Organizing intimacy is generative of friendship, which is also to say queer kinship: the atmospheric sense that we will hold the line as tightly as we hold one another, the feeling that we have one another’s backs on the streets, in the melee, when they come for us.
If organizing produces friendship, friendship powers organizing. Our work with NYU Sanctuary came by way of our involvement in the graduate student union, an involvement motivated by our disgust for 45 and maintained by our desire to remain in relation to the intelligent and exceedingly friendly individuals in the union organizing room. They made organizers of us by making friends with us. We have attempted to do the same.
But as Sara Ahmed has argued, liking someone is often to be like someone. Could it be, then, that the likeness of friendship produces a racialized form of sociality, an affective force-field that holds us together even as it keeps others, unlike us, out. NYU Sanctuary is coalitional: untenured women of color and undocumented undergraduate activists, graduate students affected by the Muslim ban and graduate students unaffected by any of our new executive’s executive orders. However, our core organizers are more white settler than indigenous, more model minority than black. From within this reality and as something of a caveat, we see the call to shift from Sanctuary Cities to Freedom Cities as a generative critique, a fugitive movement, an invitation from and toward others we have yet to befriend.
Our healthy paranoia from within the field of friendship and the space of affective sustenance extends beyond questions of likeness. It is possible that this sustenance attaches us to the university in a manner that monopolizes our insurgent energies, conscripting them in service to the renovation of an unsalvageable institution. We are, after all, not in homeless shelters nor conducting prison visits.
Our autocritical inquiry: To what extent is the Sanctuary Campus movement a technology of compensatory capture?
NYU Sanctuary works from and with(in) a politics of recognition wherein a “victory” would consist of Hamilton recognizing us as subjects deserving of the provisions articulated in our demands.
And so, we return to the irony of asking that NYU become something other than itself. We lean on an idea––a fantasy perhaps––that states, cities, and schools might one day feel bound up with us in some unsolvable knot of mutual debt, where debt is understood not as a life-threatening set of monetized relations but, rather, as the unpayable surplus value of our interdependency.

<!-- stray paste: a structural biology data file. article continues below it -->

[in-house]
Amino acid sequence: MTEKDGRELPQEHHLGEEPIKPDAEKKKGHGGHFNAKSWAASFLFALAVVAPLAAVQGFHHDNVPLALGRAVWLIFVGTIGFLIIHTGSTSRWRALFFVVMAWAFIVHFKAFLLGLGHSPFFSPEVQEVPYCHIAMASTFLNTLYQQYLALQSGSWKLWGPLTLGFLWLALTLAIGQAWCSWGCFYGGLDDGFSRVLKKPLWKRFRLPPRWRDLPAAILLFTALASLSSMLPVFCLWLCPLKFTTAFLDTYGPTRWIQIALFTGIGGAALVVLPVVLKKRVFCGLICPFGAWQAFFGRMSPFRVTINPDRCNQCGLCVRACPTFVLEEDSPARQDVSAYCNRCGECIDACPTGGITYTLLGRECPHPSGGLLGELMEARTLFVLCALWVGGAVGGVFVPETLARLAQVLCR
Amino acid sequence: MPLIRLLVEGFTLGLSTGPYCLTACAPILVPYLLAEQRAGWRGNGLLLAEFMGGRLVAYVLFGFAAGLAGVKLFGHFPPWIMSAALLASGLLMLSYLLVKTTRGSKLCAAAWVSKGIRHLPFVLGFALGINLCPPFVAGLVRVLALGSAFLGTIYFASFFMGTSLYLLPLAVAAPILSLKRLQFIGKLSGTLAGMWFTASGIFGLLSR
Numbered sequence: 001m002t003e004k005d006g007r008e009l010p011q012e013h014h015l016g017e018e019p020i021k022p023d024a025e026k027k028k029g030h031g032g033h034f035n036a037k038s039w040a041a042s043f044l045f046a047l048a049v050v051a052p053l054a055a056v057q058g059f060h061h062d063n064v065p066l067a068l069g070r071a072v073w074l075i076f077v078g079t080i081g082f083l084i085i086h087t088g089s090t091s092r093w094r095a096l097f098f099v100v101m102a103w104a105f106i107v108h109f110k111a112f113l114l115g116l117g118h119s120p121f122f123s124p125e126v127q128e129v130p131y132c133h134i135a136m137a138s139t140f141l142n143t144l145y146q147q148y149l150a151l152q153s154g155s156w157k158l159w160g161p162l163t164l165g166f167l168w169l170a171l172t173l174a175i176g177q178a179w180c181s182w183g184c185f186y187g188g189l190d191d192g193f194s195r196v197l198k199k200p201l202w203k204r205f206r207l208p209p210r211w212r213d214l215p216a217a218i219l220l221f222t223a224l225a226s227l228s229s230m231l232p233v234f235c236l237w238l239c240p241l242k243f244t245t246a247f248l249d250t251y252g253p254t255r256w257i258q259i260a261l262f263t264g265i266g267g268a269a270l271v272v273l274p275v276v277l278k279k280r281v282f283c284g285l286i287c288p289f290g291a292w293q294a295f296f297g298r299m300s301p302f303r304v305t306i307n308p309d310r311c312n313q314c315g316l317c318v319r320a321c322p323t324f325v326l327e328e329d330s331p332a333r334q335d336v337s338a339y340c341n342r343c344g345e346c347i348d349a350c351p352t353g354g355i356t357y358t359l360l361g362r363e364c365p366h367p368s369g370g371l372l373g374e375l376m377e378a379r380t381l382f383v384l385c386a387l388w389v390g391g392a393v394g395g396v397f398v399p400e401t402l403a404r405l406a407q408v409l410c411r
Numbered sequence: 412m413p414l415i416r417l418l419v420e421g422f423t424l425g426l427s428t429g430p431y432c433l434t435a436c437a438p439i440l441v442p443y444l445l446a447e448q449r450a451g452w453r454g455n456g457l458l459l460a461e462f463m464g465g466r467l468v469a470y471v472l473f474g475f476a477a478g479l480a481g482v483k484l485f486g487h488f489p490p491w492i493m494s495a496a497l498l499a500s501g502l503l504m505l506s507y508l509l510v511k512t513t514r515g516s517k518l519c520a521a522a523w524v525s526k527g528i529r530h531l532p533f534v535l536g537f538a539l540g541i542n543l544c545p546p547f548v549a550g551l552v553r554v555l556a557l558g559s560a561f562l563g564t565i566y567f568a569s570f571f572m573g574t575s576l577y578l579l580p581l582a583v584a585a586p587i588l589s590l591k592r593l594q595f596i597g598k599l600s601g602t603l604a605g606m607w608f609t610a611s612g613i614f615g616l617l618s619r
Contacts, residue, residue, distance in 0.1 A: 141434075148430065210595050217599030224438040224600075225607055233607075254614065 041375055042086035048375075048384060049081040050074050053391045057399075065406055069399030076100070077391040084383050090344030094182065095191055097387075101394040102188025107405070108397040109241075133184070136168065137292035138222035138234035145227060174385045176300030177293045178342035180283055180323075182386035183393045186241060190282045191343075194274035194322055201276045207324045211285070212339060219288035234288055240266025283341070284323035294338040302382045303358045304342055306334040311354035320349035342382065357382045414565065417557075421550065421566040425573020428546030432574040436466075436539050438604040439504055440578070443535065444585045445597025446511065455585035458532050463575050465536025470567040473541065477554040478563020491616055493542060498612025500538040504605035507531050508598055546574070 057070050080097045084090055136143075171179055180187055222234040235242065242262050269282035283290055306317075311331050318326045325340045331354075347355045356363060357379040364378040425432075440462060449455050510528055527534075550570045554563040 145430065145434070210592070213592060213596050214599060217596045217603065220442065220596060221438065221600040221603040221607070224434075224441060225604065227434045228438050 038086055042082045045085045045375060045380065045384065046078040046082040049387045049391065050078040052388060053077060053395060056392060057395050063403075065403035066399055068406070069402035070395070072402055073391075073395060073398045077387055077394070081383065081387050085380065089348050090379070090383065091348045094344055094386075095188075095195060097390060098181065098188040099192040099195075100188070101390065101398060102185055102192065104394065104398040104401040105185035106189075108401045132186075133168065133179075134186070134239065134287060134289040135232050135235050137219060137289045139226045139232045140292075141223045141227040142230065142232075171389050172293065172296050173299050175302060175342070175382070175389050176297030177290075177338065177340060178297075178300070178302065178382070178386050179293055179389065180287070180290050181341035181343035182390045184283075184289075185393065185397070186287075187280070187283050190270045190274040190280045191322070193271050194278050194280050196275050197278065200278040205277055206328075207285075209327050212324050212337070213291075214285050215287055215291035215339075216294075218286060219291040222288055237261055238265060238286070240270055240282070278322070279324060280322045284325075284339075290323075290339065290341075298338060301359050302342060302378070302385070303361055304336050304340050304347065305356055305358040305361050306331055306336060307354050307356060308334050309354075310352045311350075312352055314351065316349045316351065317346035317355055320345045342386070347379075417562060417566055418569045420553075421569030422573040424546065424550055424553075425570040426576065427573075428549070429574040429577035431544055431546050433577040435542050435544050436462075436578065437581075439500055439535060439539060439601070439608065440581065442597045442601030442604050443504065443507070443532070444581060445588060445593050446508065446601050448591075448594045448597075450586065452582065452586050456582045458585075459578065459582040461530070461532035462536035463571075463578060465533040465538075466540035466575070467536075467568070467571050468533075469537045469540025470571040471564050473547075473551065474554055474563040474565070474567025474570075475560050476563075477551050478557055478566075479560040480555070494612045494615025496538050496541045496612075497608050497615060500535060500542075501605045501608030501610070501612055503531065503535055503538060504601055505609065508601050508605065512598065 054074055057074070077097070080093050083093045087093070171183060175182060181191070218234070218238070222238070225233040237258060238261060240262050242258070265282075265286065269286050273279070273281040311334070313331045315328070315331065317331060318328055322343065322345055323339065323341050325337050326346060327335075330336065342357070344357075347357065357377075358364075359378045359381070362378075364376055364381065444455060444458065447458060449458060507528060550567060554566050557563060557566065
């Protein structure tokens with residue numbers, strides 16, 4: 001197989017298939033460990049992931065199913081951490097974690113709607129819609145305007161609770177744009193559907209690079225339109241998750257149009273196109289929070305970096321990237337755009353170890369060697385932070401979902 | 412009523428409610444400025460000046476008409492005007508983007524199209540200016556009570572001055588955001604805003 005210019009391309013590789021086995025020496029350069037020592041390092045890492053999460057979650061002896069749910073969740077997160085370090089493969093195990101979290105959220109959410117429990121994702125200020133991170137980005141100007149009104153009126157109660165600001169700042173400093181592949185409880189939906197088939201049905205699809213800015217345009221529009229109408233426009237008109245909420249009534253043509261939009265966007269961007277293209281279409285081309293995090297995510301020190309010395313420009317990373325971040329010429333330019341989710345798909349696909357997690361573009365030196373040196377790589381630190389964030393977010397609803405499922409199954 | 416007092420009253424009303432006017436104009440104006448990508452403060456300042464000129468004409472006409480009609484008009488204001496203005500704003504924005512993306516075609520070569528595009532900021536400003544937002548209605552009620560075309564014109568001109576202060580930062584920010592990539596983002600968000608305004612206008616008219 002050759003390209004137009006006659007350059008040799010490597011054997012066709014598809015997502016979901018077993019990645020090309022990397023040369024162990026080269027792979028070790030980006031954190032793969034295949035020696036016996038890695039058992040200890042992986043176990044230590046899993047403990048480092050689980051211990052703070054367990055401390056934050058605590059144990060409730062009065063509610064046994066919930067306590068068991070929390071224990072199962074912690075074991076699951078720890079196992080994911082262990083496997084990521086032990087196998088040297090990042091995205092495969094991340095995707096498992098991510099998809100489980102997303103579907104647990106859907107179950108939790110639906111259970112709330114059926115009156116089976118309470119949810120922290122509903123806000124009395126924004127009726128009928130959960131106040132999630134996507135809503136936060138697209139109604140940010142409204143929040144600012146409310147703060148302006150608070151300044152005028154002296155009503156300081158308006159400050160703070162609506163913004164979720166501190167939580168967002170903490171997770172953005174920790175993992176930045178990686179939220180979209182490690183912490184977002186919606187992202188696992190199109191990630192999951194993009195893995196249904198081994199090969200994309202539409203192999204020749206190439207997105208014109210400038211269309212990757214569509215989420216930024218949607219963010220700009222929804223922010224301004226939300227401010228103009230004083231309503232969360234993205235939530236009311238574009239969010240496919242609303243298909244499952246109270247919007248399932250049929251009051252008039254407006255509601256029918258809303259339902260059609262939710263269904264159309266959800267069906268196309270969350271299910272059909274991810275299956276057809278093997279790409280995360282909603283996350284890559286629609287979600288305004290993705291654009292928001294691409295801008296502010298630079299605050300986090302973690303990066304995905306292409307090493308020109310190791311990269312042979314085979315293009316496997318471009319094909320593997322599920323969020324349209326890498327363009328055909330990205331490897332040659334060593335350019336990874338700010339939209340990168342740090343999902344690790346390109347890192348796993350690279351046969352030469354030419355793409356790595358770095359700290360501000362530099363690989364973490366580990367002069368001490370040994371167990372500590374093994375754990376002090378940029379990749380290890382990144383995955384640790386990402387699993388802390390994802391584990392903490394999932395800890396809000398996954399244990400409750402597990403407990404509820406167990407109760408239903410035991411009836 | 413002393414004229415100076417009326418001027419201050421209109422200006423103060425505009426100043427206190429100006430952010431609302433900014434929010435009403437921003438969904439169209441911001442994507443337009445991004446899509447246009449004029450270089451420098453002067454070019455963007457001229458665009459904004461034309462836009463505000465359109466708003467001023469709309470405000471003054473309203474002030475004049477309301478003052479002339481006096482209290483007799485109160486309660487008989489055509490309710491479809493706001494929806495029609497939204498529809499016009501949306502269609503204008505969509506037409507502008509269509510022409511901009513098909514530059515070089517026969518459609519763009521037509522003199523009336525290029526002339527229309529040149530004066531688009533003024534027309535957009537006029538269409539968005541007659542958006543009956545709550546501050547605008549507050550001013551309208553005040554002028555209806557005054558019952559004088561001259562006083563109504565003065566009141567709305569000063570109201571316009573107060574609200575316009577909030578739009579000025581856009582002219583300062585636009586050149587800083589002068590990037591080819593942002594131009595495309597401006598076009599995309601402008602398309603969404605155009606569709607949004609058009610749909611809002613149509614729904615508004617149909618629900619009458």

If, on the other hand, Hamilton continues to refuse to meet our demands and declare Sanctuary, he will confirm that he, like all sovereigns, is too sovereign to lead us. In such a case, we—the numerous departments, senates, institutes, student groups, and individuals that have resounded the call of Sanctuary—would be responsible for its performative enactment, for bringing it into being.
With regards to the San Francisco State College Strike of the 1960s, Karen Umemoto writes: “Though these movements did not produce major changes in the economic or political structure, they strongly affected popular ideology and social relations. They also resulted in the formation of mass organizations, and produced a cadre of activists who would continue to pursue their ideals.”
Paraphrasing Fred Moten: you’re already doing the thing you mean to be doing when you get together to figure out what to do. There are demands, and then there are the things you’re already doing when you get together to figure out what those demands should be and how to achieve them. There is the vertical work of recognition and the horizontal work of movement-building and making friends.
The invocation of student movements past reminds us that the era of Trump has rendered us split temporal subjects: the systemic violence we are experiencing, like the resistance we are enacting, is both old and new. Like those before us, on whose shoulders we stand, whatever happens in this battle with the university for the university, we will have to reckon with what the Sanctuary Campus movement must become, what we have already become, and what it will mean for those still to come.
James McMaster and Olivia Michiko Gagnon are active organizers with NYU Sanctuary and PhD candidates in the Department of Performance Studies at New York University.
 Here, as in much of this essay and in our work, we are indebted to Fred Moten and Stefano Harney’s The Undercommons: Fugitive Planning & Black Study (Wivenhoe / New York / Port Watson: Minor Compositions, 2013).
 Sara Ahmed, On Being Included: Racism and Diversity in Institutional Life (Durham: Duke University, 2012), 39.
 Here, again, we lean on Moten and Harney.
 Karen Umemoto, “‘On Strike!’ San Francisco State College Strike, 1968-69: The Role of Asian American Students,” Amerasia 15, no. 1 (1989): 4.